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Old 20th July 2012, 05:02 PM   #1
kolobos is offline kolobos  United Kingdom
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Default Is my cd motor ok?

Hi, I am about to replace my CDM 12.4 optical lense and noticed that the drive motor for spinning the cd seems different to other motors driving cds. Basically when i turn it by hand it gets to about 175 degrees and then slips the next 5 degrees by itself like its dropping into a groove or is being pulled by a magnet?

I've not experianced this before, is it normal for the type of drive or could it be that what is causing my cd's not to play rather than the optical lense? other cd drives that i have turn with ease.

The unit is from my NSM Jukebox and any help would be appreciated.

Regards,
Steve...
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Old 20th July 2012, 05:11 PM   #2
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There are two types of spindle motor I saw in PC CDROM´s: DC motor, with a couple of magnets, a winded rotor and two brush to carry electricity to the rotor, and some other a three phase AC motor who has the magnetized rotor (so no brush) and wired stator, and driven by a dedicated IC. In both cases the motor MUST stop in any way when no power is coming into it.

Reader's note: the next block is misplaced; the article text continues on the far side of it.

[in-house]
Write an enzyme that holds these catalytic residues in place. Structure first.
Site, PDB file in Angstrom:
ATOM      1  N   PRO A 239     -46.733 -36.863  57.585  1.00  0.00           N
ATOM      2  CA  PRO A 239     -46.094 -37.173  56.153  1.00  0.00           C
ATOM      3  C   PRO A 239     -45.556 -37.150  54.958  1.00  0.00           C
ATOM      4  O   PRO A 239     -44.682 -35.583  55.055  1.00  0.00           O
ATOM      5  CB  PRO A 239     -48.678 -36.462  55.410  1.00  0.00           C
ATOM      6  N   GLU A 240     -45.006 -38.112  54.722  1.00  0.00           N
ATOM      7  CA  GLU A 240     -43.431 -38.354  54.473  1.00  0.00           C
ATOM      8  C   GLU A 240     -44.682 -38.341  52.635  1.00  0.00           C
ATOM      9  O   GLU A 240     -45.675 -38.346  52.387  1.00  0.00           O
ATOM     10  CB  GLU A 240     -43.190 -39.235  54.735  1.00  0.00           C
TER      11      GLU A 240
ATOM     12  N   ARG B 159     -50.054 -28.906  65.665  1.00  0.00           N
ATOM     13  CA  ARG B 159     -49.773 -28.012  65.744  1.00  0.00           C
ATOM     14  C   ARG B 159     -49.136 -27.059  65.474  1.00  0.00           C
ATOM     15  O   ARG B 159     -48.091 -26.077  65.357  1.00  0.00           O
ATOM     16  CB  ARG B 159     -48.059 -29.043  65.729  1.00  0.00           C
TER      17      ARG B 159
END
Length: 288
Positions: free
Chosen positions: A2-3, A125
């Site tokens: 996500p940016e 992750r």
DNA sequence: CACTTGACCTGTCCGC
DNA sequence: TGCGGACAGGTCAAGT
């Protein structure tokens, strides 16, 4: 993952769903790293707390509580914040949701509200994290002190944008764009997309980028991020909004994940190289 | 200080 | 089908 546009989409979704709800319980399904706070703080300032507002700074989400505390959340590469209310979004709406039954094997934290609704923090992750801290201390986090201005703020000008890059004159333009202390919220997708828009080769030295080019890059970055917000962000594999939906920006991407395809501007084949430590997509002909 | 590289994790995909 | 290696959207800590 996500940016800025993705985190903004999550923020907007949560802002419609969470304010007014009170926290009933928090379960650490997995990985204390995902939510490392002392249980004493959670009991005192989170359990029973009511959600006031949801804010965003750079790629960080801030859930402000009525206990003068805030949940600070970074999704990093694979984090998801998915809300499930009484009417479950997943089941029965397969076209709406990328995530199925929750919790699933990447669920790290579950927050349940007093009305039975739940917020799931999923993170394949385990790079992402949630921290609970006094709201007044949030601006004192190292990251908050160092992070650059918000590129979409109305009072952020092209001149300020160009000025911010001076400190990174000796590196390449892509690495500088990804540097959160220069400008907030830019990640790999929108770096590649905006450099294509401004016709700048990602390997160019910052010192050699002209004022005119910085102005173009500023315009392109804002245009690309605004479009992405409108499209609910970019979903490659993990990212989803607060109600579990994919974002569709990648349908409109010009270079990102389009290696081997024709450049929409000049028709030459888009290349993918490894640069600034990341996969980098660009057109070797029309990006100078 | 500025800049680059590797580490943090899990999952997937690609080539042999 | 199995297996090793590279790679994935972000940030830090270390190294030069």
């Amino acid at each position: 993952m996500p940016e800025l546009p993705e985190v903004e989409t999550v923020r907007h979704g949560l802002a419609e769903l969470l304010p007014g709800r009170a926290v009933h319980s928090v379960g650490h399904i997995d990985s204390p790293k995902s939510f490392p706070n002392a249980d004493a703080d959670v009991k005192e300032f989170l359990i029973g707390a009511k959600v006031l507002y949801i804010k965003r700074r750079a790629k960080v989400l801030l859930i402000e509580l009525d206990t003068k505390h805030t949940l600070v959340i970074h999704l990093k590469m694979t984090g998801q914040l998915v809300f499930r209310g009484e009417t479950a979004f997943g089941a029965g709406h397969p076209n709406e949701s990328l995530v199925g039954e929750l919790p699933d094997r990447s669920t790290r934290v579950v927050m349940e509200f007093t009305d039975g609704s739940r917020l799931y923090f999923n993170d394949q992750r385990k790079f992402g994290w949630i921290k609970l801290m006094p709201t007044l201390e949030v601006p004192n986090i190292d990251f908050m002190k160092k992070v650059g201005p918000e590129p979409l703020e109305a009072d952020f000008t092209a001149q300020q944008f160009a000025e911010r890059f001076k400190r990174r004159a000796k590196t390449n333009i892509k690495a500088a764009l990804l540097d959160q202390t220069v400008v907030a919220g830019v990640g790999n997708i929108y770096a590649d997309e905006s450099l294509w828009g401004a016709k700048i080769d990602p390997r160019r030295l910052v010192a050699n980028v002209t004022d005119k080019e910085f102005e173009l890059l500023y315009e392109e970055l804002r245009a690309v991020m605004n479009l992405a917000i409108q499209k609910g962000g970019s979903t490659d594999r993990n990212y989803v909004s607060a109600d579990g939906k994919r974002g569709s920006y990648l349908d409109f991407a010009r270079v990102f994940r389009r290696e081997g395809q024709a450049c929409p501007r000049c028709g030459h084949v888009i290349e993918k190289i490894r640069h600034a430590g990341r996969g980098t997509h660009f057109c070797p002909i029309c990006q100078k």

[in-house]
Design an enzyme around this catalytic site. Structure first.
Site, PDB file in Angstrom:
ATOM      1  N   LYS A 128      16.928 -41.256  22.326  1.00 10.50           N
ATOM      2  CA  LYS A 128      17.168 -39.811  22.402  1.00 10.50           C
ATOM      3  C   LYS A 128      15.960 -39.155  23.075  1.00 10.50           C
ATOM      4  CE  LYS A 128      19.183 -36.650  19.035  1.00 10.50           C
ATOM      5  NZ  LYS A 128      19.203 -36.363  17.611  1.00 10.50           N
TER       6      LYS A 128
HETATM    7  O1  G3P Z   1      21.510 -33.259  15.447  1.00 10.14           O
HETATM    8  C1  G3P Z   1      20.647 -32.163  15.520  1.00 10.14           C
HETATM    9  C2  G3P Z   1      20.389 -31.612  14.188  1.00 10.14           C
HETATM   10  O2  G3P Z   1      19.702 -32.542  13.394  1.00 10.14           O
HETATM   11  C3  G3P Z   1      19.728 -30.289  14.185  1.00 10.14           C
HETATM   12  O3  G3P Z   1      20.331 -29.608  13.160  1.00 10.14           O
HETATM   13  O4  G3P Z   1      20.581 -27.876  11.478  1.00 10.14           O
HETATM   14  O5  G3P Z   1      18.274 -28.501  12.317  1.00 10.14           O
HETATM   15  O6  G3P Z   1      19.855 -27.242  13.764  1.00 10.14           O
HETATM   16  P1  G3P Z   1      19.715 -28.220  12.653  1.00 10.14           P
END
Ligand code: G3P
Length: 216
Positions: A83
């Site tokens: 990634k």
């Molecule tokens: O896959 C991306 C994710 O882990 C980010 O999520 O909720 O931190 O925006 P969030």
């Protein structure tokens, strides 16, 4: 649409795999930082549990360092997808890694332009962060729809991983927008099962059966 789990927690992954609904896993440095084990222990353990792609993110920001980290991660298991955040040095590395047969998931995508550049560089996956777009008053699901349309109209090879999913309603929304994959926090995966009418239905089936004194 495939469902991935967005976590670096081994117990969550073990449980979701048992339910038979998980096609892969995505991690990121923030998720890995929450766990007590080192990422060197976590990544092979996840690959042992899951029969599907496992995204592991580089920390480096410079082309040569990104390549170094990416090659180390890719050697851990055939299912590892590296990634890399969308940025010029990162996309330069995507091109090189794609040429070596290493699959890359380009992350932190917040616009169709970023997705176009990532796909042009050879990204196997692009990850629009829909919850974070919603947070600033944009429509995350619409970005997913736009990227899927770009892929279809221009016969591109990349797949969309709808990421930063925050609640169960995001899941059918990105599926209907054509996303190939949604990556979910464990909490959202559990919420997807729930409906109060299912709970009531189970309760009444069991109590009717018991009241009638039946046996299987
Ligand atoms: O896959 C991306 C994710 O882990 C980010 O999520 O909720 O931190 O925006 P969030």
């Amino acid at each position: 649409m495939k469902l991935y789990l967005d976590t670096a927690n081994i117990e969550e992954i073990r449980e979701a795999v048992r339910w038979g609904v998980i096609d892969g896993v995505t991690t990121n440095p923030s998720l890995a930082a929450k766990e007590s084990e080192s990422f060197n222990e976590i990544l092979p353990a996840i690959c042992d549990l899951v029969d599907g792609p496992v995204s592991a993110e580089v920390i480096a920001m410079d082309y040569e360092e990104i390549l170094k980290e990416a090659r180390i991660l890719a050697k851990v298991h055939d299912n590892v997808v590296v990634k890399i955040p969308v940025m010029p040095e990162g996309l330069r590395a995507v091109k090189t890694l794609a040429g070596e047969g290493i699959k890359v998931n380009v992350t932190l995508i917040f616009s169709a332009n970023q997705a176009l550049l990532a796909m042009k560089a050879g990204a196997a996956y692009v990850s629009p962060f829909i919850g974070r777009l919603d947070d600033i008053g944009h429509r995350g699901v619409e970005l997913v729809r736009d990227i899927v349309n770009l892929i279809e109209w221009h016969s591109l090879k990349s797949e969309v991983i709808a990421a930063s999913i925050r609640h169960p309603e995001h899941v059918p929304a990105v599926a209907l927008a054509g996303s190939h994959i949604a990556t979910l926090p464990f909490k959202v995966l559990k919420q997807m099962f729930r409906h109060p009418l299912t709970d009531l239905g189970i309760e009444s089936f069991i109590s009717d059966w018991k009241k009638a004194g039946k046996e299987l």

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Old 20th July 2012, 05:38 PM   #3
kolobos is offline kolobos  United Kingdom
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Many thanks, it's definately being pulled by a magnet and your info has helped put my mind at rest.

Thank you.
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Old 20th July 2012, 06:17 PM   #4
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Rest the mind is OK, but never to sleep!!!.
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Old 20th July 2012, 07:08 PM   #5
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Powerful motors will often exhibit the phenomena that you are seeing as the metal components are attracted towards the magnets.

CD motors, particularly older Pioneer motors did fail regularly. They appeared to work but weren't "agile" enough for the task in hand.
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Old 20th July 2012, 08:29 PM   #6
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I found several IC 3 phase driver burned fire or shortcircuited or dissimilar output at each phase. But fired wasn't uncommon.

In the age of 24 and 32X, there was a kind of IC contoller, that run on a 3 phase motor, that (I don't know why) the IC lost control of disk speed, and then the disc exploded in several small pieces. It run in about one million turns per second.
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Last edited by Osvaldo de Banfield; 20th July 2012 at 08:35 PM.
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